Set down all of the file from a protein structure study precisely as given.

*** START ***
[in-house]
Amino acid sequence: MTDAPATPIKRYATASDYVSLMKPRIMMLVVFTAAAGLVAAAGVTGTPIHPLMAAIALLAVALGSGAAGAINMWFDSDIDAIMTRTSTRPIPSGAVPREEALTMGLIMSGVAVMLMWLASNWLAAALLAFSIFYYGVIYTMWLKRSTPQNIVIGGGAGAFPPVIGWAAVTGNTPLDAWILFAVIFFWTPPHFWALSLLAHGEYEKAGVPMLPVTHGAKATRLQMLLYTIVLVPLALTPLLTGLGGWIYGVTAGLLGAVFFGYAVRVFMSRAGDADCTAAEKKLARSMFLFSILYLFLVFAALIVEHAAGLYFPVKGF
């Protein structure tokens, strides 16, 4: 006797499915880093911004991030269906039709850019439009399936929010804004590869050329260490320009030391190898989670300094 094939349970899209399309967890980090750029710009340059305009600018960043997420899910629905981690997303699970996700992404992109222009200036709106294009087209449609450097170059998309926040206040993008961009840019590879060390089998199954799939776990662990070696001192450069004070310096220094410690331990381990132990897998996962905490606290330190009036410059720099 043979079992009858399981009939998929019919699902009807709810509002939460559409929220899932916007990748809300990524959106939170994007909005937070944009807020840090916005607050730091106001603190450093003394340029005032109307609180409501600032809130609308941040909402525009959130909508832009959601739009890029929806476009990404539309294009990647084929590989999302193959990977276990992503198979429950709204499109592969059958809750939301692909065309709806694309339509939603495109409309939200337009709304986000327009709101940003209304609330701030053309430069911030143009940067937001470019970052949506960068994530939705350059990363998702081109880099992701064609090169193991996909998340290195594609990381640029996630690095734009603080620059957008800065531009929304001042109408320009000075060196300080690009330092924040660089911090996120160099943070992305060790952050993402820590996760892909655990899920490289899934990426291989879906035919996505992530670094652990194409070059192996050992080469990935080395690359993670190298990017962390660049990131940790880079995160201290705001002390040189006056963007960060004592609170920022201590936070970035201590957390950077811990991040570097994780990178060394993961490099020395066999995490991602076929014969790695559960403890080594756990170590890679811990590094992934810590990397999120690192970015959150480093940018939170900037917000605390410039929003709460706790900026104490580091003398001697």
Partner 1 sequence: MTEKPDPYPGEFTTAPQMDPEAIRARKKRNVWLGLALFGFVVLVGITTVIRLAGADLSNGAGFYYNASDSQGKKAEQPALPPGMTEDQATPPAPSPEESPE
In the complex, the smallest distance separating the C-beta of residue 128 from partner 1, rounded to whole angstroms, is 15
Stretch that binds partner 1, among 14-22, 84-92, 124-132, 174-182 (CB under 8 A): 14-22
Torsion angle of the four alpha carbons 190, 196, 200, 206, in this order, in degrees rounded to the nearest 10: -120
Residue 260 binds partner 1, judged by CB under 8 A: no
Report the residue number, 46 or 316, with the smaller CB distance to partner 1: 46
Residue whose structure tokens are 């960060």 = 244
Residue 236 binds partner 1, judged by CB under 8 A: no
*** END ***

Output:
[in-house]
Amino acid sequence: MTDAPATPIKRYATASDYVSLMKPRIMMLVVFTAAAGLVAAAGVTGTPIHPLMAAIALLAVALGSGAAGAINMWFDSDIDAIMTRTSTRPIPSGAVPREEALTMGLIMSGVAVMLMWLASNWLAAALLAFSIFYYGVIYTMWLKRSTPQNIVIGGGAGAFPPVIGWAAVTGNTPLDAWILFAVIFFWTPPHFWALSLLAHGEYEKAGVPMLPVTHGAKATRLQMLLYTIVLVPLALTPLLTGLGGWIYGVTAGLLGAVFFGYAVRVFMSRAGDADCTAAEKKLARSMFLFSILYLFLVFAALIVEHAAGLYFPVKGF
């Protein structure tokens, strides 16, 4: 006797499915880093911004991030269906039709850019439009399936929010804004590869050329260490320009030391190898989670300094 094939349970899209399309967890980090750029710009340059305009600018960043997420899910629905981690997303699970996700992404992109222009200036709106294009087209449609450097170059998309926040206040993008961009840019590879060390089998199954799939776990662990070696001192450069004070310096220094410690331990381990132990897998996962905490606290330190009036410059720099 043979079992009858399981009939998929019919699902009807709810509002939460559409929220899932916007990748809300990524959106939170994007909005937070944009807020840090916005607050730091106001603190450093003394340029005032109307609180409501600032809130609308941040909402525009959130909508832009959601739009890029929806476009990404539309294009990647084929590989999302193959990977276990992503198979429950709204499109592969059958809750939301692909065309709806694309339509939603495109409309939200337009709304986000327009709101940003209304609330701030053309430069911030143009940067937001470019970052949506960068994530939705350059990363998702081109880099992701064609090169193991996909998340290195594609990381640029996630690095734009603080620059957008800065531009929304001042109408320009000075060196300080690009330092924040660089911090996120160099943070992305060790952050993402820590996760892909655990899920490289899934990426291989879906035919996505992530670094652990194409070059192996050992080469990935080395690359993670190298990017962390660049990131940790880079995160201290705001002390040189006056963007960060004592609170920022201590936070970035201590957390950077811990991040570097994780990178060394993961490099020395066999995490991602076929014969790695559960403890080594756990170590890679811990590094992934810590990397999120690192970015959150480093940018939170900037917000605390410039929003709460706790900026104490580091003398001697």
Partner 1 sequence: MTEKPDPYPGEFTTAPQMDPEAIRARKKRNVWLGLALFGFVVLVGITTVIRLAGADLSNGAGFYYNASDSQGKKAEQPALPPGMTEDQATPPAPSPEESPE
In the complex, the smallest distance separating the C-beta of residue 128 from partner 1, rounded to whole angstroms, is 15
Stretch that binds partner 1, among 14-22, 84-92, 124-132, 174-182 (CB under 8 A): 14-22
Torsion angle of the four alpha carbons 190, 196, 200, 206, in this order, in degrees rounded to the nearest 10: -120
Residue 260 binds partner 1, judged by CB under 8 A: no
Report the residue number, 46 or 316, with the smaller CB distance to partner 1: 46
Residue whose structure tokens are 């960060």 = 244
Residue 236 binds partner 1, judged by CB under 8 A: no